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Jan 18th 2019 ⋮ in Advice

 

5 plants that could put your dog in danger

Nothing beats wrapping up warm and embarking on a long Sunday walk with man’s best friend. But there are potentially dangerous plants hidden within the British landscape. Here are five plants that you shouldn’t allow your dog to investigate too closely. 

Azalea shrub

 

Azalea

Vivid azalea shrubs will brighten any landscape but pet owners should be wary about the potential dangers of them if dogs roam nearby. Azaleas contain ‘grayantoxins’ which can impair muscle function in humans and animals – including dogs. If your mutt begins salivating excessively and is particularly lethargic and you suspect he may have been in contact with the plant, contact a vet immediately.

Daffodils

 

Daffodils

Daffodils begin to bloom in early spring and are one of the nation’s favourite flowers. However, there may be concern if your dog has been wandering in yellow-drenched fields. Poisonous alkaloids can cause heart problems in your canine.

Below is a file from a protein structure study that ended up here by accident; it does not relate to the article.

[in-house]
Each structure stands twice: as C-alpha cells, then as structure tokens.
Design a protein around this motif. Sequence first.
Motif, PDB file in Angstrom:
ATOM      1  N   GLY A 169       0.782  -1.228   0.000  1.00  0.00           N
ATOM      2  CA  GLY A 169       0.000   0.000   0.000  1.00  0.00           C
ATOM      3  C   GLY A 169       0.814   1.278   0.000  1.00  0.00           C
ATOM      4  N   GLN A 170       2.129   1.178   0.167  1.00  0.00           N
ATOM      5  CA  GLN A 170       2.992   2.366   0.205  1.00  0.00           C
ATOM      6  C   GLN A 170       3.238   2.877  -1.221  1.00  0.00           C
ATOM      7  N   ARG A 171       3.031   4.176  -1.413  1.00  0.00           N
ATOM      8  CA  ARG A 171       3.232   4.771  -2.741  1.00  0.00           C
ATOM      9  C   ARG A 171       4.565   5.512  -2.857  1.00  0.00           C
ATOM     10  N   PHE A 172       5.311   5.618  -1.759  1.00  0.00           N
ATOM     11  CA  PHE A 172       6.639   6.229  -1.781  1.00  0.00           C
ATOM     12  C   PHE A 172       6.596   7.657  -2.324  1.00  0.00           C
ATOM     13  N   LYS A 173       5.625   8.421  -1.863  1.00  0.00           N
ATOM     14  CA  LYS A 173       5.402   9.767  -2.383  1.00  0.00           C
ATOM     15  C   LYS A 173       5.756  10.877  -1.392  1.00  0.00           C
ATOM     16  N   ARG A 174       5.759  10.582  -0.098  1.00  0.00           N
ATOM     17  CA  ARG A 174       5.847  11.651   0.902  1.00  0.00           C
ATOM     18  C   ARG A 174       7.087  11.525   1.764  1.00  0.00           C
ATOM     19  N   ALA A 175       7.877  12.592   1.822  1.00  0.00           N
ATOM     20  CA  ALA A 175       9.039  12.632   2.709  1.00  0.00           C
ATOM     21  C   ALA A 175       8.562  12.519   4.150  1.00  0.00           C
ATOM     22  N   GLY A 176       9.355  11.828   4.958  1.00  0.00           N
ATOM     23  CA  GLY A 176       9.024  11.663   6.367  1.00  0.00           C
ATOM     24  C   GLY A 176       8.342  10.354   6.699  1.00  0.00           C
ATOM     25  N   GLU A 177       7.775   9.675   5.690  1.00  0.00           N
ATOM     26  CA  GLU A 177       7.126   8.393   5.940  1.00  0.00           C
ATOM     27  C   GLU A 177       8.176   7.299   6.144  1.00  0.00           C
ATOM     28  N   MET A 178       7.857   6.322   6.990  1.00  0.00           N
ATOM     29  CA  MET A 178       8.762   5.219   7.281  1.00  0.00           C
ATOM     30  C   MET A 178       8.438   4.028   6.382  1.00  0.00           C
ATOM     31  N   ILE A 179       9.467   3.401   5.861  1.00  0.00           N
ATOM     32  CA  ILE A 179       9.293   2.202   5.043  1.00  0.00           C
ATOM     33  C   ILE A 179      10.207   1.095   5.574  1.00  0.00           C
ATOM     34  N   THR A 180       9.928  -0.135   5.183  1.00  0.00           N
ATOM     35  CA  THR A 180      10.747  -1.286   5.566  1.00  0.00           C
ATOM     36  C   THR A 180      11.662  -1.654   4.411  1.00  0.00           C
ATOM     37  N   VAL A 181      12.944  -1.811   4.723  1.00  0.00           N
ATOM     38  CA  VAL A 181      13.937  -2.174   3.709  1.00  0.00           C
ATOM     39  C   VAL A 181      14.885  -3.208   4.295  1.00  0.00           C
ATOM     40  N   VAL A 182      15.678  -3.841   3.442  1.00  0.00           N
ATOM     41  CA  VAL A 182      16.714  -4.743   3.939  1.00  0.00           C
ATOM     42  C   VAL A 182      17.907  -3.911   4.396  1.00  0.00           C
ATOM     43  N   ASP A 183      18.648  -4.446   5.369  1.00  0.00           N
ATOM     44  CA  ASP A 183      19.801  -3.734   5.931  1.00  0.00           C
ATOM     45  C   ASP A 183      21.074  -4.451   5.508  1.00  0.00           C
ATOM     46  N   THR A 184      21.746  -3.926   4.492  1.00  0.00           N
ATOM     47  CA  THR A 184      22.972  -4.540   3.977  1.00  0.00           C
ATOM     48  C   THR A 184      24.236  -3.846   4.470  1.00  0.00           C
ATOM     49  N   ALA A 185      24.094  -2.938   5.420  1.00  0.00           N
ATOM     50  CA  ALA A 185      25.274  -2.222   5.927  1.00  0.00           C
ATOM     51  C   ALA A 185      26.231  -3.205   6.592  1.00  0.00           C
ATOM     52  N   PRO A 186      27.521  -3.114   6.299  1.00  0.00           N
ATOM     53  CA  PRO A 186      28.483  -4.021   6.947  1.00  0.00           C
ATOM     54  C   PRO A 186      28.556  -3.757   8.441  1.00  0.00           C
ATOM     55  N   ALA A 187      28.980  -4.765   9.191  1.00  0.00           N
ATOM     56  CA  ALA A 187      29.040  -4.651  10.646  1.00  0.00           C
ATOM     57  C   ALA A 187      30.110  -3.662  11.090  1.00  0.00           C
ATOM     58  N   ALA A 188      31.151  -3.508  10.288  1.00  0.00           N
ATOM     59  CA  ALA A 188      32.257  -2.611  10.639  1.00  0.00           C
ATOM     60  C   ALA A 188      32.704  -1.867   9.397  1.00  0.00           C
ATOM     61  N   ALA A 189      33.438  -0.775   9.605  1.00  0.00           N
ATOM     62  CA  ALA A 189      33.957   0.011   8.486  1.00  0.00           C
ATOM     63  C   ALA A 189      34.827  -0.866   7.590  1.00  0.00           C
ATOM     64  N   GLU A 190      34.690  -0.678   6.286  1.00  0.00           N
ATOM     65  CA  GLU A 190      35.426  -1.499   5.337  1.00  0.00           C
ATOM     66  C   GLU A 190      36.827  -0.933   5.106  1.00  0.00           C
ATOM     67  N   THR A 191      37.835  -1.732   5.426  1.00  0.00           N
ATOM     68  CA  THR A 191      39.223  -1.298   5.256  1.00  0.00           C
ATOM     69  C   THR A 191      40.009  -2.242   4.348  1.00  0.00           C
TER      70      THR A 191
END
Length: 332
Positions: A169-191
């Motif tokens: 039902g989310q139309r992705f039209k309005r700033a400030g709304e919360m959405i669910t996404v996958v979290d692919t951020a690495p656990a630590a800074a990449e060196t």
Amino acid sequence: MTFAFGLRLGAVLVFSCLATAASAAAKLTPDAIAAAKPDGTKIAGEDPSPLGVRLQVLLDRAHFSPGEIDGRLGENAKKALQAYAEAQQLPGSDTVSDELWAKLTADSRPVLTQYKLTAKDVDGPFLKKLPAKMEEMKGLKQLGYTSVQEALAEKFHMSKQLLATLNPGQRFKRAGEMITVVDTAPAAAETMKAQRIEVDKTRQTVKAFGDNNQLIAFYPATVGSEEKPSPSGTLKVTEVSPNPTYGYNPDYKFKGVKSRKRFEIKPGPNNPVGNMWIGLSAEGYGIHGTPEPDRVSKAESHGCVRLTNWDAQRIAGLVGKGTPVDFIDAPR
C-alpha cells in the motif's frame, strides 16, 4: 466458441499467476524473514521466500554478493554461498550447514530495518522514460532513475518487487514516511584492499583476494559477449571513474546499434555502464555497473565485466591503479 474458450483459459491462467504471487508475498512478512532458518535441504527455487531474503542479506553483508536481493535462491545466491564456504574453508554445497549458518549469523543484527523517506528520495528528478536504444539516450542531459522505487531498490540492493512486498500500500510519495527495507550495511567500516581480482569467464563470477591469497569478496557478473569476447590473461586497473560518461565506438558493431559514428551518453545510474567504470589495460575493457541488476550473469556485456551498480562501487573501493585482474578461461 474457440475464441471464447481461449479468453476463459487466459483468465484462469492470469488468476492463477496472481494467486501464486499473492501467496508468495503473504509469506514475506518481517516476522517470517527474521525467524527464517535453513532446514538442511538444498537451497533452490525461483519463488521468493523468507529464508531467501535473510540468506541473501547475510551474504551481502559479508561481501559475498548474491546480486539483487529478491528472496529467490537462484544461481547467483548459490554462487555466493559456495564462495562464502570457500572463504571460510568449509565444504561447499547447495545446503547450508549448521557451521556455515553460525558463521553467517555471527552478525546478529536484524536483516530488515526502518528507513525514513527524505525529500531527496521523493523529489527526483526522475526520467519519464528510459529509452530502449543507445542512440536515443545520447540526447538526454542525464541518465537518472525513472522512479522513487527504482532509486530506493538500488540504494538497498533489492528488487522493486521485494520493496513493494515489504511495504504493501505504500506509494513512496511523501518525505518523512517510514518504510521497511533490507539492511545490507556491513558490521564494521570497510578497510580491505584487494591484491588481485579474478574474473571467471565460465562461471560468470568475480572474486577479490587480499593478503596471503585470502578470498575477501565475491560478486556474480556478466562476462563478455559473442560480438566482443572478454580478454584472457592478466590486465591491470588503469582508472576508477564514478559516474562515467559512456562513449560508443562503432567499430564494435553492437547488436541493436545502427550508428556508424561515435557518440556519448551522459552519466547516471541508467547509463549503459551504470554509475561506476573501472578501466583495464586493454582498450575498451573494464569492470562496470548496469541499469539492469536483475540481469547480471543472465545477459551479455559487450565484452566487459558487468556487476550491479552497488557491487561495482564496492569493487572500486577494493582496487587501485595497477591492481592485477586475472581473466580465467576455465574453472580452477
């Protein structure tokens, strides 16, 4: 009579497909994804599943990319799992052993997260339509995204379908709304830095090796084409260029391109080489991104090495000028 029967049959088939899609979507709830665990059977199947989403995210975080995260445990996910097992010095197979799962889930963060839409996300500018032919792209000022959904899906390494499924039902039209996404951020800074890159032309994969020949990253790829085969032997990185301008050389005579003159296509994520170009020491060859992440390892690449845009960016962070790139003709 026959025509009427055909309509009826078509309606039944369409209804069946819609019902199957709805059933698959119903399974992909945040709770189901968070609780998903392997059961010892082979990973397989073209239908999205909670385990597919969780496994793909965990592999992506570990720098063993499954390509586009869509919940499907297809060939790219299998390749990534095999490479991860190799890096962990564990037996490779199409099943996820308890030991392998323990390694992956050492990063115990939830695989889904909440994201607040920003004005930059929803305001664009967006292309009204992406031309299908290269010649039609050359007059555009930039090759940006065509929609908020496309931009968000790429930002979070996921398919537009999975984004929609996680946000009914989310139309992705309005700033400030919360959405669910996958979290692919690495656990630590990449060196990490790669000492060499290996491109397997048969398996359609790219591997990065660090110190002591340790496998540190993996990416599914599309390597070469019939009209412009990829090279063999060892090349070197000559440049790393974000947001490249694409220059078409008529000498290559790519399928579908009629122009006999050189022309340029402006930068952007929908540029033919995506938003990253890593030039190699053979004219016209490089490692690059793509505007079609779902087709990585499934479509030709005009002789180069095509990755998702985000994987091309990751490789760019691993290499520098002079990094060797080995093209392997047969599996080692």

Delphinium Flower

 

Delphiniums

Tall delphiniums are stunning but can cause neuromuscular problems in dogs if they ingest its diterpene alkaloids. The after-effects can be mild, but any dog showing symptoms such as constipation, dry gums or muscle tremors should be seen by a vet – especially as just two milligrams of the plant can kill a fully-grown human.

Grapvines

 

Grapevines

Dogs and grapes have never been a partnership that works well together. No owner would consider feeding their pet grapes and just a few could cause serious problems. However, owners should be wary of allowing their dog to roam free as grapevines and their leaves can cause vomiting and diarrhoea, at best.

Castor seed

 

Castor

The castor plant is extremely helpful for humans – for example, castor oil is used as a laxative to help relieve the effects of constipation. But exposure to the plant can be life-threatening for dogs. Owners should be aware of symptoms including drooling, trembling and abdominal pain.